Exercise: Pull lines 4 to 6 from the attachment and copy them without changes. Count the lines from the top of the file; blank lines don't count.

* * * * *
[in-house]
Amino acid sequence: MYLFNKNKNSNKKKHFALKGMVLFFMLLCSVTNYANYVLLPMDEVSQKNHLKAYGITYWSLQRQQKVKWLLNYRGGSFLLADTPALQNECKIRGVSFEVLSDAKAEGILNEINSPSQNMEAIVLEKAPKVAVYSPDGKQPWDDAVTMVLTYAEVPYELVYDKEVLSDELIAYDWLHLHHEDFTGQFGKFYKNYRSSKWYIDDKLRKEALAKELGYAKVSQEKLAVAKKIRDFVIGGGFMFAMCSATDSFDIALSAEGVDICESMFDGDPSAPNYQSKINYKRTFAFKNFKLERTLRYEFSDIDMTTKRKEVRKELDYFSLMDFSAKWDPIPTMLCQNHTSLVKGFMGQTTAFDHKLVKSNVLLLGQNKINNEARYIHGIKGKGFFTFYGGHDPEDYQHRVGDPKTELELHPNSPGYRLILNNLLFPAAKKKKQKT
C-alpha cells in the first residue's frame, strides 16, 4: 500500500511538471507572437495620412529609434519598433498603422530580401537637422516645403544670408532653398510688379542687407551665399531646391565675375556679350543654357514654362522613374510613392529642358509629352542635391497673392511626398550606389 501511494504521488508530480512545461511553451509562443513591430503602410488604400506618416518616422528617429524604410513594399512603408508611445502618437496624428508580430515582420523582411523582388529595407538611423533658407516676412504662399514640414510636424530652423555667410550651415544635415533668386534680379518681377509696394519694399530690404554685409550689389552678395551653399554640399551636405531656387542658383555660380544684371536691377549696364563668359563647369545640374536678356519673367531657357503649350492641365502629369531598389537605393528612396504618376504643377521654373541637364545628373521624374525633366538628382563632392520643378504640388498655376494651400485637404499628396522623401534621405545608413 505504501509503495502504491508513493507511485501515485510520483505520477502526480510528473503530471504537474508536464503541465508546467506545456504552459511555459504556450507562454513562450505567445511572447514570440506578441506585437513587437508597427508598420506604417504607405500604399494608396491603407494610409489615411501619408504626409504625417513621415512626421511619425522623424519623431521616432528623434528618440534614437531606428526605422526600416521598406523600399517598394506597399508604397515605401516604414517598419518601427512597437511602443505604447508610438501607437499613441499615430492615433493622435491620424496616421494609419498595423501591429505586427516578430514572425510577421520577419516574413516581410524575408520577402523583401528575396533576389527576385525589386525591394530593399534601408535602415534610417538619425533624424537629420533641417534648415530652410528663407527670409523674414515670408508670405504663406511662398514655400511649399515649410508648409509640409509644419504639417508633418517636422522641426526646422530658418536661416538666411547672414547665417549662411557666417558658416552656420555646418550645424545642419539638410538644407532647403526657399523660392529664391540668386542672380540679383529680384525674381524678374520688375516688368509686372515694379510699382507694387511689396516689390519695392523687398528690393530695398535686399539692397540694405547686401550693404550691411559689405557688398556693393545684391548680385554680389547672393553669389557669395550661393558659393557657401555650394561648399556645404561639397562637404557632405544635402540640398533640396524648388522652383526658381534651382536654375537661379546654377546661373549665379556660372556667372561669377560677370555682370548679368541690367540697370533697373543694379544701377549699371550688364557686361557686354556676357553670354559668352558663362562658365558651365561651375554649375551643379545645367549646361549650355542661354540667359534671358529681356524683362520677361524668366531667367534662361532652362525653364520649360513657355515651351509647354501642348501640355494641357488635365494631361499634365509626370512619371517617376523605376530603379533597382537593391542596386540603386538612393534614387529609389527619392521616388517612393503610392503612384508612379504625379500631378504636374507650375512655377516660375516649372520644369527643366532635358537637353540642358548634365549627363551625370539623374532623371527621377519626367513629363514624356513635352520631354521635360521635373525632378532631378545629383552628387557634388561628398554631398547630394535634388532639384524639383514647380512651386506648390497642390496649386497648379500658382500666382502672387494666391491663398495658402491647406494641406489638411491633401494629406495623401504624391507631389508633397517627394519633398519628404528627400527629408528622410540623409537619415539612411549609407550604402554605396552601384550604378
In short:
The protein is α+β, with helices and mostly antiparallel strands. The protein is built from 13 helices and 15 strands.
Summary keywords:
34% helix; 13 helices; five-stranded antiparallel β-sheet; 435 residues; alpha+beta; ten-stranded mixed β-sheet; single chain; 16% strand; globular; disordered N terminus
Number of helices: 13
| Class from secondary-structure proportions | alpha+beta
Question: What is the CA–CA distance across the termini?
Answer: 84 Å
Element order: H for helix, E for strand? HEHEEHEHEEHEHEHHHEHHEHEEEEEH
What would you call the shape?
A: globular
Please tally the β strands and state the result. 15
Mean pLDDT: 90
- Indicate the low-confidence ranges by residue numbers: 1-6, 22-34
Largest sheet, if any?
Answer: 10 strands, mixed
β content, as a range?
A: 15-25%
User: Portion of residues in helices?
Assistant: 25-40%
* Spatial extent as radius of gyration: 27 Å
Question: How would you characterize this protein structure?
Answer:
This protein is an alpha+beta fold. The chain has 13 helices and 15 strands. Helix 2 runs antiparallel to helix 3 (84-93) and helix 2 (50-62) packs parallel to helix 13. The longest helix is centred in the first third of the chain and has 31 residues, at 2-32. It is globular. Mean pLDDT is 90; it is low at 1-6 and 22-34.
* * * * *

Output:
In short:
The protein is α+β, with helices and mostly antiparallel strands. The protein is built from 13 helices and 15 strands.
Summary keywords: